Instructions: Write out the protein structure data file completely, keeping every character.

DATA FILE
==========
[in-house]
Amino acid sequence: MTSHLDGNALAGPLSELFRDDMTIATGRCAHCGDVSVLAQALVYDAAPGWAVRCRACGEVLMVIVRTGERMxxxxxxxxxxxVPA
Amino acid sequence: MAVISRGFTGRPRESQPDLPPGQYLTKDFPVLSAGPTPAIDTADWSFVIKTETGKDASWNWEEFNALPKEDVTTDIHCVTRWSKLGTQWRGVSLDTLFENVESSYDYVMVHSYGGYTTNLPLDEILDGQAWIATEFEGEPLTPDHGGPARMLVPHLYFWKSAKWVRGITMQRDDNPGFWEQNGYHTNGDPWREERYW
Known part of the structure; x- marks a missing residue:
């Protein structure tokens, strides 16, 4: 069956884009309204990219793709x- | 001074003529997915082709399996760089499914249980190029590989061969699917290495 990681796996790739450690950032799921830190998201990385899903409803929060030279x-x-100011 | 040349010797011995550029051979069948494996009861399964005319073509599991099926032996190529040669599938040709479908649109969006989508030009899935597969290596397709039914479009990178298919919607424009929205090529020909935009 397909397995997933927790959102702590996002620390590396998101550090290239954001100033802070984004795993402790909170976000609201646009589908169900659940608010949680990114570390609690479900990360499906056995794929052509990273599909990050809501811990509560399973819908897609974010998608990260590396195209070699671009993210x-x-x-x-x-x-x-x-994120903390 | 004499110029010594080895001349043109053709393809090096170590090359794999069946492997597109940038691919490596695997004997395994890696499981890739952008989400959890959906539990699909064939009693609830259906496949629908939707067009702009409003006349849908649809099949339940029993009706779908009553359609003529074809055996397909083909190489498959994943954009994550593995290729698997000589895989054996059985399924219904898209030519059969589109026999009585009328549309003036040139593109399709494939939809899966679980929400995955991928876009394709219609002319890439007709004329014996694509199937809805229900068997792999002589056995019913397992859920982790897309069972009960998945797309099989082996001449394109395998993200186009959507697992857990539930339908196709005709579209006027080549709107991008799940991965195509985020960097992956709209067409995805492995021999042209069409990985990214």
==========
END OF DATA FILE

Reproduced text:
[in-house]
Amino acid sequence: MTSHLDGNALAGPLSELFRDDMTIATGRCAHCGDVSVLAQALVYDAAPGWAVRCRACGEVLMVIVRTGERMxxxxxxxxxxxVPA
Amino acid sequence: MAVISRGFTGRPRESQPDLPPGQYLTKDFPVLSAGPTPAIDTADWSFVIKTETGKDASWNWEEFNALPKEDVTTDIHCVTRWSKLGTQWRGVSLDTLFENVESSYDYVMVHSYGGYTTNLPLDEILDGQAWIATEFEGEPLTPDHGGPARMLVPHLYFWKSAKWVRGITMQRDDNPGFWEQNGYHTNGDPWREERYW
Known part of the structure; x- marks a missing residue:
């Protein structure tokens, strides 16, 4: 069956884009309204990219793709x- | 001074003529997915082709399996760089499914249980190029590989061969699917290495 990681796996790739450690950032799921830190998201990385899903409803929060030279x-x-100011 | 040349010797011995550029051979069948494996009861399964005319073509599991099926032996190529040669599938040709479908649109969006989508030009899935597969290596397709039914479009990178298919919607424009929205090529020909935009 397909397995997933927790959102702590996002620390590396998101550090290239954001100033802070984004795993402790909170976000609201646009589908169900659940608010949680990114570390609690479900990360499906056995794929052509990273599909990050809501811990509560399973819908897609974010998608990260590396195209070699671009993210x-x-x-x-x-x-x-x-994120903390 | 004499110029010594080895001349043109053709393809090096170590090359794999069946492997597109940038691919490596695997004997395994890696499981890739952008989400959890959906539990699909064939009693609830259906496949629908939707067009702009409003006349849908649809099949339940029993009706779908009553359609003529074809055996397909083909190489498959994943954009994550593995290729698997000589895989054996059985399924219904898209030519059969589109026999009585009328549309003036040139593109399709494939939809899966679980929400995955991928876009394709219609002319890439007709004329014996694509199937809805229900068997792999002589056995019913397992859920982790897309069972009960998945797309099989082996001449394109395998993200186009959507697992857990539930339908196709005709579209006027080549709107991008799940991965195509985020960097992956709209067409995805492995021999042209069409990985990214």